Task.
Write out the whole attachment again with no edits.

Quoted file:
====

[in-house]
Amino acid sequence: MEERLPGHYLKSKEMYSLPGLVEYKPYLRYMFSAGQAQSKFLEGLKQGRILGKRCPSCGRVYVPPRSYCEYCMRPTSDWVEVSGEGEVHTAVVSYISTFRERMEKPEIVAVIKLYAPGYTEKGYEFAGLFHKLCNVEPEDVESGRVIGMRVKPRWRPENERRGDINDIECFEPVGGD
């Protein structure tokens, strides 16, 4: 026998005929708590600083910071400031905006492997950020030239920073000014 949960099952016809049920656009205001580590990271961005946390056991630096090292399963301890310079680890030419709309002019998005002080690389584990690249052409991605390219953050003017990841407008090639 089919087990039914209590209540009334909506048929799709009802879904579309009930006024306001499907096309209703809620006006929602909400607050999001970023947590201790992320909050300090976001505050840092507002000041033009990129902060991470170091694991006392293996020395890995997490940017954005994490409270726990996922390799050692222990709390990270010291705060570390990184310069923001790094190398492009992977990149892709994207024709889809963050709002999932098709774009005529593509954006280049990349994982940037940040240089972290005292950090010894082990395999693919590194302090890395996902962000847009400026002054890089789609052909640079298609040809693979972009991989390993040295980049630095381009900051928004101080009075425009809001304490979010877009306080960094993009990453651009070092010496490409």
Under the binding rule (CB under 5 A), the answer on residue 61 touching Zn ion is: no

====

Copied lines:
[in-house]
Amino acid sequence: MEERLPGHYLKSKEMYSLPGLVEYKPYLRYMFSAGQAQSKFLEGLKQGRILGKRCPSCGRVYVPPRSYCEYCMRPTSDWVEVSGEGEVHTAVVSYISTFRERMEKPEIVAVIKLYAPGYTEKGYEFAGLFHKLCNVEPEDVESGRVIGMRVKPRWRPENERRGDINDIECFEPVGGD
């Protein structure tokens, strides 16, 4: 026998005929708590600083910071400031905006492997950020030239920073000014 949960099952016809049920656009205001580590990271961005946390056991630096090292399963301890310079680890030419709309002019998005002080690389584990690249052409991605390219953050003017990841407008090639 089919087990039914209590209540009334909506048929799709009802879904579309009930006024306001499907096309209703809620006006929602909400607050999001970023947590201790992320909050300090976001505050840092507002000041033009990129902060991470170091694991006392293996020395890995997490940017954005994490409270726990996922390799050692222990709390990270010291705060570390990184310069923001790094190398492009992977990149892709994207024709889809963050709002999932098709774009005529593509954006280049990349994982940037940040240089972290005292950090010894082990395999693919590194302090890395996902962000847009400026002054890089789609052909640079298609040809693979972009991989390993040295980049630095381009900051928004101080009075425009809001304490979010877009306080960094993009990453651009070092010496490409």
Under the binding rule (CB under 5 A), the answer on residue 61 touching Zn ion is: no